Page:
Before the Second World War kniphofias, better known as red hot pokers, were one of Britain’s most popular garden plants. They sustained gardeners’ Victorian fascination with the exotic, whilst enduring our less than alluring weather. The Dig for Victory campaign saw flower gardens ploughed up from Land’s End to John o’ Groats, making way for vegetable plots. With them went many old varieties which were never returned to cultivation.
One of the most impressive red hot pokers, and one which survived the war years, is Kniphofia rooperi. Flowering through the autumn, it is much less less widely grown than common-or-garden summer flowering cultivars. This is a pity, as K. rooperi has sufficient charm, stature and staying-power to make it a garden mainstay.
To begin with K. rooperi is evergreen, with robust, arching, dark green leaves that build into a dense, architectural clump. Then there are the flowers – chunky, bottle-brushes that start out a soft tangerine and eventually fade to lemon yellow at the tips. In low autumn light they glow and fizz like Roman candles, rising 4ft or more above the ground in close succession.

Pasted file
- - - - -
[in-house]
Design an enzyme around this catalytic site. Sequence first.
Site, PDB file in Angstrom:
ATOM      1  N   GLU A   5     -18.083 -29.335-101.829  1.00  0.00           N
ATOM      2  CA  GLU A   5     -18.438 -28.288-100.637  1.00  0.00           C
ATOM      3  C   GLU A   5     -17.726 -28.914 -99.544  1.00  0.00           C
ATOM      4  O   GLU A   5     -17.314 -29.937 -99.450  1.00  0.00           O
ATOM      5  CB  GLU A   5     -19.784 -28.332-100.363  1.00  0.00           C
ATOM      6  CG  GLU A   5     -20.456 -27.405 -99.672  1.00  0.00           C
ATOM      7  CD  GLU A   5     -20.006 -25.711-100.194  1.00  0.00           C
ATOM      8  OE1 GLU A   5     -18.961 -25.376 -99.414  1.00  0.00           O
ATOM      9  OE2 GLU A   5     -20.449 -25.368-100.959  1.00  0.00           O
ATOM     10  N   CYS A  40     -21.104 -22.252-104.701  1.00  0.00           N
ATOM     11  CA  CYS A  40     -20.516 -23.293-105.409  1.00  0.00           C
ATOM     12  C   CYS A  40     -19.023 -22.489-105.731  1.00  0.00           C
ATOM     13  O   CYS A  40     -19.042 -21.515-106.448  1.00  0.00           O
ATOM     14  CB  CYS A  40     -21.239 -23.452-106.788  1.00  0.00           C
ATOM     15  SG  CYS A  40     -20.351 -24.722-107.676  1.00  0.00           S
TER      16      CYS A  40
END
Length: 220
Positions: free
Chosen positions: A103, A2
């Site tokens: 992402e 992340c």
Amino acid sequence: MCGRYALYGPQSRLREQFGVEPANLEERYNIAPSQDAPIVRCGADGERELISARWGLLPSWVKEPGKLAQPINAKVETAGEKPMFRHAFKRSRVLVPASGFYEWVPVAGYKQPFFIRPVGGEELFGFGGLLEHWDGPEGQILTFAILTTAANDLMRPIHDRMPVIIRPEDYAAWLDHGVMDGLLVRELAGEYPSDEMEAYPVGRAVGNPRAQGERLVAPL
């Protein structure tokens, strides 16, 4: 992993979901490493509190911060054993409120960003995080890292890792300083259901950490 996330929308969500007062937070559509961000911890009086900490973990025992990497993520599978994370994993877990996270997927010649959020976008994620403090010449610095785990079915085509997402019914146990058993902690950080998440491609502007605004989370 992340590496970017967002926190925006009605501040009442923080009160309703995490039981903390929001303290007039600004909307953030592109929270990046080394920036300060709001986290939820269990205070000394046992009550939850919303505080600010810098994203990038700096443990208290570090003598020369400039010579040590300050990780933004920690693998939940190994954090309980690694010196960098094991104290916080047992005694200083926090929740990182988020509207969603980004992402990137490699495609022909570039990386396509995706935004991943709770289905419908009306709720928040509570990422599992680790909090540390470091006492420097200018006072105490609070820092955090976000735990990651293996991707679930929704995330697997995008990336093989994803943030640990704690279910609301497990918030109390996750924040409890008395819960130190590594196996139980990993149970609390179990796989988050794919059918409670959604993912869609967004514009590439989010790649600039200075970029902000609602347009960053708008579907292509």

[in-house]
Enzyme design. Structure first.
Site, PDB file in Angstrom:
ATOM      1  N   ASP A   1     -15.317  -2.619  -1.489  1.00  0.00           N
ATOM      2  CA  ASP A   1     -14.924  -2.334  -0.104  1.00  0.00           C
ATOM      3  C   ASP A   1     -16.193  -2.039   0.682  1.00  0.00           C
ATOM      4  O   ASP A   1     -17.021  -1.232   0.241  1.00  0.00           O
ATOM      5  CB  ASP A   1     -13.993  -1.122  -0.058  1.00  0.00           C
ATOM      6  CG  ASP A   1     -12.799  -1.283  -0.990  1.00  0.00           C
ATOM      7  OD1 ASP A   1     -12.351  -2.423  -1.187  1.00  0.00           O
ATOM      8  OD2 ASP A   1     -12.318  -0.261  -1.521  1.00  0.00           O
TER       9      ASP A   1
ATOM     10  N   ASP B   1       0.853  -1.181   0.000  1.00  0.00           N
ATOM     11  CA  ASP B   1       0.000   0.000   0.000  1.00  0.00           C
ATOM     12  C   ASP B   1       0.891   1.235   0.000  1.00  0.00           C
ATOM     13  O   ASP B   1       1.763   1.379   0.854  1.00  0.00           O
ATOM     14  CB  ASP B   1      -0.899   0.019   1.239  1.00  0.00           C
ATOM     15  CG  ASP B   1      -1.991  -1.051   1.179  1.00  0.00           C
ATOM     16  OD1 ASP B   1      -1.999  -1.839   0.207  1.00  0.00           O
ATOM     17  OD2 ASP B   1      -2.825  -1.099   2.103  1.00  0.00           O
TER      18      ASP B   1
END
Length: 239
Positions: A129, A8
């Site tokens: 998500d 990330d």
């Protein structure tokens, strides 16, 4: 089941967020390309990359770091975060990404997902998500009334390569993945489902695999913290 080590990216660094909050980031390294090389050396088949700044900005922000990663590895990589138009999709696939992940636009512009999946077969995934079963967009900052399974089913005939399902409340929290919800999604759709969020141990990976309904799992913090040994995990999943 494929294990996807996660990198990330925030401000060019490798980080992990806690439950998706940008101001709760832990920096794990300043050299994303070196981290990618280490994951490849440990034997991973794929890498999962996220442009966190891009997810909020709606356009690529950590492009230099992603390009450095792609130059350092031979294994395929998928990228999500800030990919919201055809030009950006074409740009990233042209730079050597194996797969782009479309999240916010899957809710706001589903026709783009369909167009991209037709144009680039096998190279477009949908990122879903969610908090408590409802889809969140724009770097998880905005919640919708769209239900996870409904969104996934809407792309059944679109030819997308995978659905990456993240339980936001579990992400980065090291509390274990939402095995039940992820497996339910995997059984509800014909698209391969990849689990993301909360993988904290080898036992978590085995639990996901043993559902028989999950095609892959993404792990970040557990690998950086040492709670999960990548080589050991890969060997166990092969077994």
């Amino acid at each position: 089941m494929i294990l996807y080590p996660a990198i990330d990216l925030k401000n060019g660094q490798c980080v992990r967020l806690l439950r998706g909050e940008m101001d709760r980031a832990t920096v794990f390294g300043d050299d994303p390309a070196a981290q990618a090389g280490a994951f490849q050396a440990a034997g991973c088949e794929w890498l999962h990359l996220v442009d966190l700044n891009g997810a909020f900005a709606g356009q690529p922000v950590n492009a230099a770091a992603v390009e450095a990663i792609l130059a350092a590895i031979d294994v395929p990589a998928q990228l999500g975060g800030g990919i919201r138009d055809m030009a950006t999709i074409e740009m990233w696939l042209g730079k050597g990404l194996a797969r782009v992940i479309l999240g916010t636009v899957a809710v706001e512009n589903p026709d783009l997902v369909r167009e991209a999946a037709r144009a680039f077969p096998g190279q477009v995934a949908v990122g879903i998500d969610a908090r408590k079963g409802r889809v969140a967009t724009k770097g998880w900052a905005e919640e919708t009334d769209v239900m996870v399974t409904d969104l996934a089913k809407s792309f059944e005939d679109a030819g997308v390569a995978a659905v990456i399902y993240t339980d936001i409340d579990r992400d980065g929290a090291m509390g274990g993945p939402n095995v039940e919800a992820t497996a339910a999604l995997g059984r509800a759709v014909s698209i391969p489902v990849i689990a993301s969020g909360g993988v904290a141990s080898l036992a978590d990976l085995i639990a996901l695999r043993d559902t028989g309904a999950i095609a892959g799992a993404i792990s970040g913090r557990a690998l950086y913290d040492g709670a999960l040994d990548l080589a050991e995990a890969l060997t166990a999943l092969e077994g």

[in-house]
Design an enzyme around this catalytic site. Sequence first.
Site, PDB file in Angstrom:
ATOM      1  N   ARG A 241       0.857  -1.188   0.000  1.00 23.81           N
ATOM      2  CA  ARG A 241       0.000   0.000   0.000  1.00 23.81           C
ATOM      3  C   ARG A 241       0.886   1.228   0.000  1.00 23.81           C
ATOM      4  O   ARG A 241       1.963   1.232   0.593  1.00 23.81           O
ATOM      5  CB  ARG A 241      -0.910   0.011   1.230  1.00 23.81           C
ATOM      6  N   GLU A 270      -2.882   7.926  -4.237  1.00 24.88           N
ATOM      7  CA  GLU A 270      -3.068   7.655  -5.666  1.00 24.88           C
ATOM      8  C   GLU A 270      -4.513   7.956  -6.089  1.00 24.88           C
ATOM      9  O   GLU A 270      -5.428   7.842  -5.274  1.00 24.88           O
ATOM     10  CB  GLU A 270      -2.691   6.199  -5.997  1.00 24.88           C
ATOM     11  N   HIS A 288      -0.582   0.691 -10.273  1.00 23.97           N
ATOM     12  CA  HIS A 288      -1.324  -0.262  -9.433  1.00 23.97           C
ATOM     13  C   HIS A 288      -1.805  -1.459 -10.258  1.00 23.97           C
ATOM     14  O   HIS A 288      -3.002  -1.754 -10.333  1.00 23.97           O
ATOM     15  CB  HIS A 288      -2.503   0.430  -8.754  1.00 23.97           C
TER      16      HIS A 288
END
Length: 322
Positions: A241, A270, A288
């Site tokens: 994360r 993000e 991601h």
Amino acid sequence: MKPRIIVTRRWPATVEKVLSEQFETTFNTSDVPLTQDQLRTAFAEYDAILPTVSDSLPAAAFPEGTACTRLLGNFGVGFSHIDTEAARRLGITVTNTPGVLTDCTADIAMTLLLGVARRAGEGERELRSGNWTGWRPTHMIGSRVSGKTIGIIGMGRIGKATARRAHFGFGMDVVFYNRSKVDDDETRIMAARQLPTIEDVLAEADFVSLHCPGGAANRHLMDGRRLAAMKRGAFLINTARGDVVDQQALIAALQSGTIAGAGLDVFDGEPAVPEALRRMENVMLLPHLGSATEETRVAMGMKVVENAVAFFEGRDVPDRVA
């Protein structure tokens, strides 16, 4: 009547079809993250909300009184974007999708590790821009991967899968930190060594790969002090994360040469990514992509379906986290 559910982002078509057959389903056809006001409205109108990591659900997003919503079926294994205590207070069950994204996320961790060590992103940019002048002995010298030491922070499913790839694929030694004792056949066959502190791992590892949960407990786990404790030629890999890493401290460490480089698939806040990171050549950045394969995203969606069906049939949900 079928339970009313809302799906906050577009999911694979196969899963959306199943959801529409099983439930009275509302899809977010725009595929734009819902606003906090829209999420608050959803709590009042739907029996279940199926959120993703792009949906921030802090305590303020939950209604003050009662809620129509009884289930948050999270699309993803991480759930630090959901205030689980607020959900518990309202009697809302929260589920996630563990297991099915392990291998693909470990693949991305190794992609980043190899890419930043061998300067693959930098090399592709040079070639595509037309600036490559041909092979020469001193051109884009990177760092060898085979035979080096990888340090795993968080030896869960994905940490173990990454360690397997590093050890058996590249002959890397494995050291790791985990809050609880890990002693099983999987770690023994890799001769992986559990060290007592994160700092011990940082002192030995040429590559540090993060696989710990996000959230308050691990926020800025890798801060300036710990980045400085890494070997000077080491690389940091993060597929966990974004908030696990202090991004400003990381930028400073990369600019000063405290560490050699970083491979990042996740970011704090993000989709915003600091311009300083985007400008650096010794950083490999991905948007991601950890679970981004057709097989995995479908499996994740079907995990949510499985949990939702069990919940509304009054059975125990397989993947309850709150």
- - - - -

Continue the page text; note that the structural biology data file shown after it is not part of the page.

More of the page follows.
A native of South Africa, K. rooperi was was once considered doubtfully hardy, however experience now reassures garderners that it can survive unscathed in pretty much any garden in the country. Of course, like most garden plants this red hot poker likes a well drained soil and consistent moisture, plus protection from the worst of the elements. Drought may inhibit flowering. These simple conditions satisfied, feel free to light the blue touch paper and stand back for an explosive autumn display.
Photographs taken at Trebah Gardens and Trengwainton, Cornwall, in mid September.